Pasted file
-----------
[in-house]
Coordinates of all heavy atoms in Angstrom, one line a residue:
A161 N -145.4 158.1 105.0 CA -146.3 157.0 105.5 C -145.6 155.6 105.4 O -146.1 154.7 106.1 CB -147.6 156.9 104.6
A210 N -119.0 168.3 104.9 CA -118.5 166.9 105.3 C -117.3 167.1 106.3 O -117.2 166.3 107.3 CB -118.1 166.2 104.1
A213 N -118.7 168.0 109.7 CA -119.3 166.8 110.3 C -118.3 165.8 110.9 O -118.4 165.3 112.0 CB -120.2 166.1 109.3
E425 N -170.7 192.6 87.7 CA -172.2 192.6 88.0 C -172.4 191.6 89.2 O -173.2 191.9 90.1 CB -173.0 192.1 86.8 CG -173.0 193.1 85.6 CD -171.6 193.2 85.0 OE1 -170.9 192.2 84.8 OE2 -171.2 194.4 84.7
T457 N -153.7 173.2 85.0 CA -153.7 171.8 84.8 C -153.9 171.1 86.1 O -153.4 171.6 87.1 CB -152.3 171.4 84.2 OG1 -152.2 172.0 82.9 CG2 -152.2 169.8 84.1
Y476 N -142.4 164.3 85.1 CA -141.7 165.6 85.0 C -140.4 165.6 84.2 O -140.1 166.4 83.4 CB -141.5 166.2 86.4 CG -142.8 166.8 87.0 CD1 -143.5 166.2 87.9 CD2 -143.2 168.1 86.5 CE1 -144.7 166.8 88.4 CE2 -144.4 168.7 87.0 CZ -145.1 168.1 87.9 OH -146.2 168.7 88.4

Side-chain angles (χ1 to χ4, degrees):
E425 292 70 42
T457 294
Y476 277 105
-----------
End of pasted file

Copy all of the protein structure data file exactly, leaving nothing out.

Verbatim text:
[in-house]
Coordinates of all heavy atoms in Angstrom, one line a residue:
A161 N -145.4 158.1 105.0 CA -146.3 157.0 105.5 C -145.6 155.6 105.4 O -146.1 154.7 106.1 CB -147.6 156.9 104.6
A210 N -119.0 168.3 104.9 CA -118.5 166.9 105.3 C -117.3 167.1 106.3 O -117.2 166.3 107.3 CB -118.1 166.2 104.1
A213 N -118.7 168.0 109.7 CA -119.3 166.8 110.3 C -118.3 165.8 110.9 O -118.4 165.3 112.0 CB -120.2 166.1 109.3
E425 N -170.7 192.6 87.7 CA -172.2 192.6 88.0 C -172.4 191.6 89.2 O -173.2 191.9 90.1 CB -173.0 192.1 86.8 CG -173.0 193.1 85.6 CD -171.6 193.2 85.0 OE1 -170.9 192.2 84.8 OE2 -171.2 194.4 84.7
T457 N -153.7 173.2 85.0 CA -153.7 171.8 84.8 C -153.9 171.1 86.1 O -153.4 171.6 87.1 CB -152.3 171.4 84.2 OG1 -152.2 172.0 82.9 CG2 -152.2 169.8 84.1
Y476 N -142.4 164.3 85.1 CA -141.7 165.6 85.0 C -140.4 165.6 84.2 O -140.1 166.4 83.4 CB -141.5 166.2 86.4 CG -142.8 166.8 87.0 CD1 -143.5 166.2 87.9 CD2 -143.2 168.1 86.5 CE1 -144.7 166.8 88.4 CE2 -144.4 168.7 87.0 CZ -145.1 168.1 87.9 OH -146.2 168.7 88.4

Side-chain angles (χ1 to χ4, degrees):
E425 292 70 42
T457 294
Y476 277 105